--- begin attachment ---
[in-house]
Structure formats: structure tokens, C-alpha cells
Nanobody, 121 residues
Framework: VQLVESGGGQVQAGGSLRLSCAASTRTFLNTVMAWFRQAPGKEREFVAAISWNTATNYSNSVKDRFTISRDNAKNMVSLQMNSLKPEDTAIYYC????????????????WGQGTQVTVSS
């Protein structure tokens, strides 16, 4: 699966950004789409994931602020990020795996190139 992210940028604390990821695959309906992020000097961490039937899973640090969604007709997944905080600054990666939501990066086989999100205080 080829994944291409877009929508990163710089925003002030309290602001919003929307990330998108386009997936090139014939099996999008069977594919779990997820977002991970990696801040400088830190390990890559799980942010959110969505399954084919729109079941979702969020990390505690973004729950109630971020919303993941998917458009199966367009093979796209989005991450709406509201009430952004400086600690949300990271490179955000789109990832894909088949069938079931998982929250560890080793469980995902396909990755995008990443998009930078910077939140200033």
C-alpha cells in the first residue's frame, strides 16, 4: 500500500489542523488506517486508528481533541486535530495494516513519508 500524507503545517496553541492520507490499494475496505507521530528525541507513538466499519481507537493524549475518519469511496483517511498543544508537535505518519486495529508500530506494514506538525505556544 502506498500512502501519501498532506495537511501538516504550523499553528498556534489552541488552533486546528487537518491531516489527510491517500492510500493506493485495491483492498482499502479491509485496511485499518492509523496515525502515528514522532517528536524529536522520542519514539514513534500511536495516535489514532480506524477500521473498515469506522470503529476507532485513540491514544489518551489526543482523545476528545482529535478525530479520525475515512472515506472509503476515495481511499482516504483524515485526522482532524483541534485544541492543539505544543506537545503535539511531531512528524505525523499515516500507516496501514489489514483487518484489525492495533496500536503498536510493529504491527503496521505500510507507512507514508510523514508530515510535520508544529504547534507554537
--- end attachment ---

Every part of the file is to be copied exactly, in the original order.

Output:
[in-house]
Structure formats: structure tokens, C-alpha cells
Nanobody, 121 residues
Framework: VQLVESGGGQVQAGGSLRLSCAASTRTFLNTVMAWFRQAPGKEREFVAAISWNTATNYSNSVKDRFTISRDNAKNMVSLQMNSLKPEDTAIYYC????????????????WGQGTQVTVSS
């Protein structure tokens, strides 16, 4: 699966950004789409994931602020990020795996190139 992210940028604390990821695959309906992020000097961490039937899973640090969604007709997944905080600054990666939501990066086989999100205080 080829994944291409877009929508990163710089925003002030309290602001919003929307990330998108386009997936090139014939099996999008069977594919779990997820977002991970990696801040400088830190390990890559799980942010959110969505399954084919729109079941979702969020990390505690973004729950109630971020919303993941998917458009199966367009093979796209989005991450709406509201009430952004400086600690949300990271490179955000789109990832894909088949069938079931998982929250560890080793469980995902396909990755995008990443998009930078910077939140200033």
C-alpha cells in the first residue's frame, strides 16, 4: 500500500489542523488506517486508528481533541486535530495494516513519508 500524507503545517496553541492520507490499494475496505507521530528525541507513538466499519481507537493524549475518519469511496483517511498543544508537535505518519486495529508500530506494514506538525505556544 502506498500512502501519501498532506495537511501538516504550523499553528498556534489552541488552533486546528487537518491531516489527510491517500492510500493506493485495491483492498482499502479491509485496511485499518492509523496515525502515528514522532517528536524529536522520542519514539514513534500511536495516535489514532480506524477500521473498515469506522470503529476507532485513540491514544489518551489526543482523545476528545482529535478525530479520525475515512472515506472509503476515495481511499482516504483524515485526522482532524483541534485544541492543539505544543506537545503535539511531531512528524505525523499515516500507516496501514489489514483487518484489525492495533496500536503498536510493529504491527503496521505500510507507512507514508510523514508530515510535520508544529504547534507554537